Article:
It's human to fear new technology. We instinctively worry about almost anything that is unknown, probably for sound evolutionary reasons. And in the Fear of the Unknown Department, technologies probably top the list.
It's nothing new. In the 1970s microwave ovens were said to leak radiation and cause birth defects. In the 1950s TV was supposed to rot our brains. In the 1930s people worried that radio would be too stimulating for children's excitable minds, harming their school performance. In the 1800s the tractor, on its first appearance in farmers' fields, was thought to be the devil's work.
New technologies now arrive (and depart) faster than ever. We scarcely have the time to adjust to one status quo before it changes again.
No wonder, then, that our fears for the future are also blooming like crazy.
Today we fear the effect of electronics on our children, their brains and their ability to socialize. We know that big companies and the government are collecting our data, and we are afraid for our privacy. We fret that cell phones give us brain cancer. We worry that the country's 82,000 fracking wells, which push natural gas out of underground shale, may create environmental catastrophe.
It's true that our fears often turn out to be needless (tractors were fairly benign instruments of agriculture). Some modern fears may be misplaced, and some may be genuine causes for alarm; we just don't know yet. These topics are controversial precisely because all the research isn't in. Besides, every now and then, the public's fear of an unfamiliar technology is well founded. Thalidomide, a treatment for morning sickness, really did cause birth defects. Cell phone–addled drivers really do kill thousands of people a year. The National Security Agency really was snooping on Americans.
Should we think about giving up, then? Should we call a five-year moratorium on progress while we assess what we're doing? Should we abandon technology for a simpler life?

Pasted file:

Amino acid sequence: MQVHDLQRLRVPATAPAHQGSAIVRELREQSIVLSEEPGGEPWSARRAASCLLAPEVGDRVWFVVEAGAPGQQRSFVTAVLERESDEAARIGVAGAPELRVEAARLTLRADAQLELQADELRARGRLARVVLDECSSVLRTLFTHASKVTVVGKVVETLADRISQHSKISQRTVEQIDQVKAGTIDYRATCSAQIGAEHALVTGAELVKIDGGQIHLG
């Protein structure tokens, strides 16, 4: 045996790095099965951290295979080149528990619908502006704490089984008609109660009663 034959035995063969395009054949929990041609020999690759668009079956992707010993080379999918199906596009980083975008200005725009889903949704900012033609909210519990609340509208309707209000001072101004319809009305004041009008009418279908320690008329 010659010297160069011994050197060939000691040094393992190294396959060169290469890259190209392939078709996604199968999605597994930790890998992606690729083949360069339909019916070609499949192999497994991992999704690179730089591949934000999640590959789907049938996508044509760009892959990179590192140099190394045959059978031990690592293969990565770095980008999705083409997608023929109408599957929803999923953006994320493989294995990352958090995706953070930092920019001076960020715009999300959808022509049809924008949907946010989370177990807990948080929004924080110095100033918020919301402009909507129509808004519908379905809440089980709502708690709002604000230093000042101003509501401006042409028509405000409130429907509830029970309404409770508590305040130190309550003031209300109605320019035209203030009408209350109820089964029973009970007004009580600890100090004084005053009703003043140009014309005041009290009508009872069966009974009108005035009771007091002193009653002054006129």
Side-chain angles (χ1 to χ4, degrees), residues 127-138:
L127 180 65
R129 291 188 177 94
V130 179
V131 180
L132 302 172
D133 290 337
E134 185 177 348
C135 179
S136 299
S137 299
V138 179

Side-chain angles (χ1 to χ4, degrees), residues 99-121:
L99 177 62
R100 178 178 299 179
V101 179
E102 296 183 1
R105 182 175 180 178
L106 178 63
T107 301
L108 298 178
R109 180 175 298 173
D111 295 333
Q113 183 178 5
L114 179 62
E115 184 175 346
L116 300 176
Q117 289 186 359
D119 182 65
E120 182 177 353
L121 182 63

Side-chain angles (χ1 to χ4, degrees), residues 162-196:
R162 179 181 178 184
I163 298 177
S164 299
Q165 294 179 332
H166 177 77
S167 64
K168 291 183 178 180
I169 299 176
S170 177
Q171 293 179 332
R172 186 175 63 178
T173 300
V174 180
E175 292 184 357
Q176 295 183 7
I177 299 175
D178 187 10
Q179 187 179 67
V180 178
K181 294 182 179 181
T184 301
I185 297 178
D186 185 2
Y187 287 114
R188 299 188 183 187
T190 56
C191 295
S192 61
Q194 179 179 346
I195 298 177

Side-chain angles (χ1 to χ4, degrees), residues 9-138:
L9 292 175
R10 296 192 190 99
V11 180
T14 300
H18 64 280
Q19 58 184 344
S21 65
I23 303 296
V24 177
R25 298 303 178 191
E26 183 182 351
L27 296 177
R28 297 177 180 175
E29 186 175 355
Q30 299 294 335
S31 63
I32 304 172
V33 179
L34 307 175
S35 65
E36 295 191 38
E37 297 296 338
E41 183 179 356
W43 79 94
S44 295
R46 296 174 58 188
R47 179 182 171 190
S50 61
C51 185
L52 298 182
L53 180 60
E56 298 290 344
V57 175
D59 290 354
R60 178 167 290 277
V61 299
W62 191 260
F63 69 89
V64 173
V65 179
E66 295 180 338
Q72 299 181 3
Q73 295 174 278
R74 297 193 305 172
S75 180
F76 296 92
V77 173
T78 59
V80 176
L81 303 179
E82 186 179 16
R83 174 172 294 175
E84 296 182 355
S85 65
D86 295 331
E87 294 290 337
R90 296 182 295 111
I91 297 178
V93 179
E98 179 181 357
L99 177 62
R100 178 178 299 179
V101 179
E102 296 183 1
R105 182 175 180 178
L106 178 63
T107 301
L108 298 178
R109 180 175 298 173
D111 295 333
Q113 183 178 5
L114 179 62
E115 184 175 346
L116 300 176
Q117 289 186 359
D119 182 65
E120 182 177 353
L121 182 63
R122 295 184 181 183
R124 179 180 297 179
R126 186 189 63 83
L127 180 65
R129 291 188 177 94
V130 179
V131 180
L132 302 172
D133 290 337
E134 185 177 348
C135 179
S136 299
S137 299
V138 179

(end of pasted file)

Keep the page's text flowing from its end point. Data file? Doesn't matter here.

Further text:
Well, that's one option. But the surprising thing about reasonable fear is that it can be healthy—when it's channeled into outrage. And just as we have a long tradition of fearing new technologies, we have another long, proud tradition: course correction.
Give us enough time, and we guide ourselves back onto the tracks almost every time.
Sometimes the transgressions are minor: Facebook overreached in a new privacy statement, Verizon began charging customers $2 a month for making online payments, Netflix announced it would spin off its DVD company, the Federal Aviation Administration banned perfectly harmless gadgets like e-book readers. In each case, public outrage forced the transgressors to retreat.
Sometimes the issues that come up are more serious. Once the science is in, we usually manage to phase out what's killing us (thalidomide, trans fats). Eventually we also get around to phasing out what's killing our planet (sulfur emissions, chlorofluorocarbons).
Many people believe that the NSA scandal was a blight on our government's reputation. I agree. But the resulting outrage has been fantastic. We don't know yet what kind of limits will be put on the NSA's actions, although you can bet that its days of entirely unsupervised freedom are over.
Meanwhile the national conversation about privacy triggered a ripple effect. As a result of the NSA revelations, the big tech companies (Google, Yahoo, Facebook, and so on) now encrypt all their data to and from your computer. The public is demanding to know exactly what those companies do with our data—and now know to keep a better eye on them to make sure they tell the truth.
Technology will always change us, and it will always frighten us, but we will push back when necessary. Okay, not every time and not always promptly. In general, though, we can count on the beneficial results of outrage, course corrections—and fear.
SCIENTIFIC AMERICAN ONLINE
A brief history of outrage: ScientificAmerican.com/may2014/pogue